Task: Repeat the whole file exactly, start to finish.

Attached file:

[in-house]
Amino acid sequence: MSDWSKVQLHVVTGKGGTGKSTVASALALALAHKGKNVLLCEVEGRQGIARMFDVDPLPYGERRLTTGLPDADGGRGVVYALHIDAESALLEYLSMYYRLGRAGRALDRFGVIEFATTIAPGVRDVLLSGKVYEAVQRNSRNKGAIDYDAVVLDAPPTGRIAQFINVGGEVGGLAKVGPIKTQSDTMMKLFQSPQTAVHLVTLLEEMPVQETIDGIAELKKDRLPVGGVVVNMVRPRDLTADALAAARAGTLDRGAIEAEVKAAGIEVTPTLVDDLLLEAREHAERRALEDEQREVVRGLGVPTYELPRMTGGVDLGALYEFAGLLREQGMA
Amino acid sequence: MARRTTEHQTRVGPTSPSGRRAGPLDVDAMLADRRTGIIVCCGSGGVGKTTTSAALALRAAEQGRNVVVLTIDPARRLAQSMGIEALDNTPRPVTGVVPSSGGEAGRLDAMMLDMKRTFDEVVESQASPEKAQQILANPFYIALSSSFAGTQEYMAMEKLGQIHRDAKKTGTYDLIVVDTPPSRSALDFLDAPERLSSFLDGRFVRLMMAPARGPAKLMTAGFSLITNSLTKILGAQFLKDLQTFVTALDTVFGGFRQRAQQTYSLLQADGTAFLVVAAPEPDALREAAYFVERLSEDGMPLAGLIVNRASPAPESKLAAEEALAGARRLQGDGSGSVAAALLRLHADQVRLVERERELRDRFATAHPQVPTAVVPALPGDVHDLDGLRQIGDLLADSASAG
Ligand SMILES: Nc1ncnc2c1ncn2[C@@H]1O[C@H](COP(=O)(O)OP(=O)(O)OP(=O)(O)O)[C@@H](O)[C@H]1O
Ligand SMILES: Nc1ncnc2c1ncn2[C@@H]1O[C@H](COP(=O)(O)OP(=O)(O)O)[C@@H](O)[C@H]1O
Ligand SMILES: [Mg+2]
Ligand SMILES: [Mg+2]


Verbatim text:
[in-house]
Amino acid sequence: MSDWSKVQLHVVTGKGGTGKSTVASALALALAHKGKNVLLCEVEGRQGIARMFDVDPLPYGERRLTTGLPDADGGRGVVYALHIDAESALLEYLSMYYRLGRAGRALDRFGVIEFATTIAPGVRDVLLSGKVYEAVQRNSRNKGAIDYDAVVLDAPPTGRIAQFINVGGEVGGLAKVGPIKTQSDTMMKLFQSPQTAVHLVTLLEEMPVQETIDGIAELKKDRLPVGGVVVNMVRPRDLTADALAAARAGTLDRGAIEAEVKAAGIEVTPTLVDDLLLEAREHAERRALEDEQREVVRGLGVPTYELPRMTGGVDLGALYEFAGLLREQGMA
Amino acid sequence: MARRTTEHQTRVGPTSPSGRRAGPLDVDAMLADRRTGIIVCCGSGGVGKTTTSAALALRAAEQGRNVVVLTIDPARRLAQSMGIEALDNTPRPVTGVVPSSGGEAGRLDAMMLDMKRTFDEVVESQASPEKAQQILANPFYIALSSSFAGTQEYMAMEKLGQIHRDAKKTGTYDLIVVDTPPSRSALDFLDAPERLSSFLDGRFVRLMMAPARGPAKLMTAGFSLITNSLTKILGAQFLKDLQTFVTALDTVFGGFRQRAQQTYSLLQADGTAFLVVAAPEPDALREAAYFVERLSEDGMPLAGLIVNRASPAPESKLAAEEALAGARRLQGDGSGSVAAALLRLHADQVRLVERERELRDRFATAHPQVPTAVVPALPGDVHDLDGLRQIGDLLADSASAG
Ligand SMILES: Nc1ncnc2c1ncn2[C@@H]1O[C@H](COP(=O)(O)OP(=O)(O)OP(=O)(O)O)[C@@H](O)[C@H]1O
Ligand SMILES: Nc1ncnc2c1ncn2[C@@H]1O[C@H](COP(=O)(O)OP(=O)(O)O)[C@@H](O)[C@H]1O
Ligand SMILES: [Mg+2]
Ligand SMILES: [Mg+2]